- Be Selective: Pick ONE project management software, ONE chat tool, and ONE storage platform to use company-wide.
- Find Integration: Prioritize tools that can help HR and Payroll teams more easily manage user permissions and information across multiple systems. This will create a smooth process for onboarding and off-boarding employees without worrying that you did not revoke permissions for an individual system after a termination.
- Prioritize Collaboration: Utilizing Cloud-based document editing systems can enable simplified file-sharing amongst remote team members, while also making sure correct access is granted to freelancers and contractors.
Thinking about how your digital tools can work together as part of an overall ecosystem is key. When evaluating a new platform or service, think about how it can fit your existing suite of technologies and help you be more efficient when your organization isn’t together in-person.
3. Update Human Resource Documents And Policies
When you are going hybrid, you don’t want to forget about being “buttoned up” on your policies and internal communications. This is an area that is easy to overlook, but will be confusing for your employees if it isn’t spelled out, and also can potentially burn you as an owner if it remains undefined. Your employee handbook is where all of this information should live in addition to regular communication with your employees.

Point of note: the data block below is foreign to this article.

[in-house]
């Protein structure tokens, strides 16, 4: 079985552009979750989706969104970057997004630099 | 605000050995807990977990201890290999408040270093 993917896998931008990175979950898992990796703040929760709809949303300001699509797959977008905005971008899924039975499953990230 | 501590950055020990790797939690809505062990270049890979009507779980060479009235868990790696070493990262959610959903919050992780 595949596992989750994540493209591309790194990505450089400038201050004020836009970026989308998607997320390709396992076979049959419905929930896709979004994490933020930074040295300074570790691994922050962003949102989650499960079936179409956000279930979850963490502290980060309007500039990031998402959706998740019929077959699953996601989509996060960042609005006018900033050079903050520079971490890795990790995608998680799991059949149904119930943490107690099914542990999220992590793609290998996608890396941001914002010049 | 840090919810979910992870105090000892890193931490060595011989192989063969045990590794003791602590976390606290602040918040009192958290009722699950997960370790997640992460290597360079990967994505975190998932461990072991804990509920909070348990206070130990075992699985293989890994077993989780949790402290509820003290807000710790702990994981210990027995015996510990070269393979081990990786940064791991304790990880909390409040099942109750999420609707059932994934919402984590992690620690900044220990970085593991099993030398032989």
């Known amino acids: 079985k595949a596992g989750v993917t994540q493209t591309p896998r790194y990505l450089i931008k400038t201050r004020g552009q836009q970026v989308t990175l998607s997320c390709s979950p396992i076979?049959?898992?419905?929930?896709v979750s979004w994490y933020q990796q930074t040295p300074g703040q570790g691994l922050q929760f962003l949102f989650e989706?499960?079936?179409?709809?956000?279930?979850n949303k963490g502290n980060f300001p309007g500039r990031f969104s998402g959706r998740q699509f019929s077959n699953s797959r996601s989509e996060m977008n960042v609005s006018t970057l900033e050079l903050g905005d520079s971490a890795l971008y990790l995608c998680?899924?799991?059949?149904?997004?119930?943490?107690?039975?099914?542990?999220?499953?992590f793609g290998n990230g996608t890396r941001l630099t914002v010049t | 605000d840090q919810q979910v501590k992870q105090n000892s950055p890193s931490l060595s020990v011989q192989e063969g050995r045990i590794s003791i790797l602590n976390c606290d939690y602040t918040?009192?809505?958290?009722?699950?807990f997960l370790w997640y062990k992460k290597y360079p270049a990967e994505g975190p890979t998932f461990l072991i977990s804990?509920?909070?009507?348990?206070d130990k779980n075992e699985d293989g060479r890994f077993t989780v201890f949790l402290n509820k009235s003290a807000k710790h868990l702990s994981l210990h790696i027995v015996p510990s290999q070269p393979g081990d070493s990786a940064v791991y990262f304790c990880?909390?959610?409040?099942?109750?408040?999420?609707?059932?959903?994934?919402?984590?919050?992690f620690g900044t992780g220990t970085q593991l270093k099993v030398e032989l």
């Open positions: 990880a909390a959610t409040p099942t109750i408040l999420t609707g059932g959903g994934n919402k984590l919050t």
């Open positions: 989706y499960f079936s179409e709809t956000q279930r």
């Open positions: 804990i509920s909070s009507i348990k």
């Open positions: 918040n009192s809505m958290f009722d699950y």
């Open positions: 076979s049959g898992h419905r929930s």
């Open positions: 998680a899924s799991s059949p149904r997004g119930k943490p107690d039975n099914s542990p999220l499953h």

Ensure the handbook is the common denominator for all employees if it isn’t already. At a minimum, your handbook should be updated to proactively address any questions that may arise around expectations, such as the required number of in-office days per week, salary adjustments for those in lower cost of living (LCOL) areas, and new communication standards. Consider creating a “top 5” document for every role in your organization that clearly outlines key responsibilities for each employee. By sharing these documents and responsibilities widely, alongside defined organizational charts, team members become crystal clear on their priorities and what is expected of them.
Your policies should be updated frequently – every time you introduce a new tool or process it needs to be documented. When a standard of communication is established, (such as conducting the majority of meetings over Zoom), a policy needs to be addressed for those Zoom schedules and should provide clarity on the outcomes for client conferences versus internal meetings. This includes defining when you want to use video conferencing and virtual chat, and when you want to be in-person.